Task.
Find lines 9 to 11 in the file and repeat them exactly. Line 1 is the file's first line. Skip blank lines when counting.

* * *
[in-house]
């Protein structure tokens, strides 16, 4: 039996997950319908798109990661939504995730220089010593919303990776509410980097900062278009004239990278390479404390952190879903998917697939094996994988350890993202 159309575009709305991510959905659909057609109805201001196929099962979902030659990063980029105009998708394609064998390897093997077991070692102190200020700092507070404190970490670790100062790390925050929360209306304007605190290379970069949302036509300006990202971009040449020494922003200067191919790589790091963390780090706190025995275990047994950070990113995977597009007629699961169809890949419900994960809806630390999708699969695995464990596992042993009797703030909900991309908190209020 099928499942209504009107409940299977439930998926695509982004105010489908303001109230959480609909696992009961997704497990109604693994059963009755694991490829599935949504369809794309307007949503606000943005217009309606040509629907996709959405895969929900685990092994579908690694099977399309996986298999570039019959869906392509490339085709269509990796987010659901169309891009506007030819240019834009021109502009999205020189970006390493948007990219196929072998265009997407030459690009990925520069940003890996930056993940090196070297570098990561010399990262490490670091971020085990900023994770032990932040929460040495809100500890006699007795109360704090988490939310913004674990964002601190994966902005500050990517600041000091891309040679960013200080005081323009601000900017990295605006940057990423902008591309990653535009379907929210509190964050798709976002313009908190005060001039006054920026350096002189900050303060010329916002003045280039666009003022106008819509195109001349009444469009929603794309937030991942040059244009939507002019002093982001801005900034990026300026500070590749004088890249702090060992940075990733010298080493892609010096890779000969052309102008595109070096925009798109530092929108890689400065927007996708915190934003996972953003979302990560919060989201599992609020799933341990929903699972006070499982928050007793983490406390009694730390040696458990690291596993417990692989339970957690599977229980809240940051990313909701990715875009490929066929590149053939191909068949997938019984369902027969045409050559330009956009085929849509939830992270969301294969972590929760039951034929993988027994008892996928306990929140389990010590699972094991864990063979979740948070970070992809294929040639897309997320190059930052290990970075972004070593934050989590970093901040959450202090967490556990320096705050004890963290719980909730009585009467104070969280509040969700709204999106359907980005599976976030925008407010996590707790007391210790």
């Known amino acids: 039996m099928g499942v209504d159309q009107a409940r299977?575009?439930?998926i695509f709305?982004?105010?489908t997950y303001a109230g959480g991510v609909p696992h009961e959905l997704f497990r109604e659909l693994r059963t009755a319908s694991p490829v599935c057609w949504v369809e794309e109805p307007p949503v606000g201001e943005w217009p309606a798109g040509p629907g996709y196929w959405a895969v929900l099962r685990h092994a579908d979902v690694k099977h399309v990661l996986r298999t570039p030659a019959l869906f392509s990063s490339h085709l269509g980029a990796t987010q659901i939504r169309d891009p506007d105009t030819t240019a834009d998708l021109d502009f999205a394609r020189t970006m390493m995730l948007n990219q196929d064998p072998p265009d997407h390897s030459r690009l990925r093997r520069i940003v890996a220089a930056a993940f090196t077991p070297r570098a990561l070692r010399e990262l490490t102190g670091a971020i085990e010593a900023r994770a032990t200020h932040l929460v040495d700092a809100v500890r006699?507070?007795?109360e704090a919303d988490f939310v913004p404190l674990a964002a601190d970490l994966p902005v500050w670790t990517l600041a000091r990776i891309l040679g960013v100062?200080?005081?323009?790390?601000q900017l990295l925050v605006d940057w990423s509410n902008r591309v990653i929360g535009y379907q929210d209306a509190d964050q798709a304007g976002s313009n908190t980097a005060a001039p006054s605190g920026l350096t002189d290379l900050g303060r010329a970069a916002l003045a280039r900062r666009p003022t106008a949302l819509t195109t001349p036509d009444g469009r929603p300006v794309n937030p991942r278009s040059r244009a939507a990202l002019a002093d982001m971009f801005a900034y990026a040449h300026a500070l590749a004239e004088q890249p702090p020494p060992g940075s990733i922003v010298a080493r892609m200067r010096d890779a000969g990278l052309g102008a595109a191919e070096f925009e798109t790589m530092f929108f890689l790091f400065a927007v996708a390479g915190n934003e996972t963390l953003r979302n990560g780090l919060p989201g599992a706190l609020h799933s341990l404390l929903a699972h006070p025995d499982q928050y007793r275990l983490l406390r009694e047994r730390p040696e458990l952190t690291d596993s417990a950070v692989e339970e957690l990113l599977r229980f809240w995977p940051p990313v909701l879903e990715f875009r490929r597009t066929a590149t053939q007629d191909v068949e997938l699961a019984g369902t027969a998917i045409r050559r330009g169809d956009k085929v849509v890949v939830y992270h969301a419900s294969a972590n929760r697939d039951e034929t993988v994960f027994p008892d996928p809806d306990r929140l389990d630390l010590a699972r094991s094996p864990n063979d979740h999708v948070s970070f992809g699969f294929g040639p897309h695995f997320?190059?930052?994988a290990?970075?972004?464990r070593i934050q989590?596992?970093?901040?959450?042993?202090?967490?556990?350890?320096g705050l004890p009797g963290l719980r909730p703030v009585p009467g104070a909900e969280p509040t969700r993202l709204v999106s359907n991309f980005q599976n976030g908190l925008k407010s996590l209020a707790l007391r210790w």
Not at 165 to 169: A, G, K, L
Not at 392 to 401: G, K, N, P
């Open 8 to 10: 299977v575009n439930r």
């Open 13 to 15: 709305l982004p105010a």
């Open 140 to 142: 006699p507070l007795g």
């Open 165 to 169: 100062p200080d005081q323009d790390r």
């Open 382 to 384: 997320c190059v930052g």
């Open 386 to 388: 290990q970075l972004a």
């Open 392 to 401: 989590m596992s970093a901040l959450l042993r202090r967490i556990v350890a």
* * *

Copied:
């Open 165 to 169: 100062p200080d005081q323009d790390r």
């Open 382 to 384: 997320c190059v930052g």
């Open 386 to 388: 290990q970075l972004a």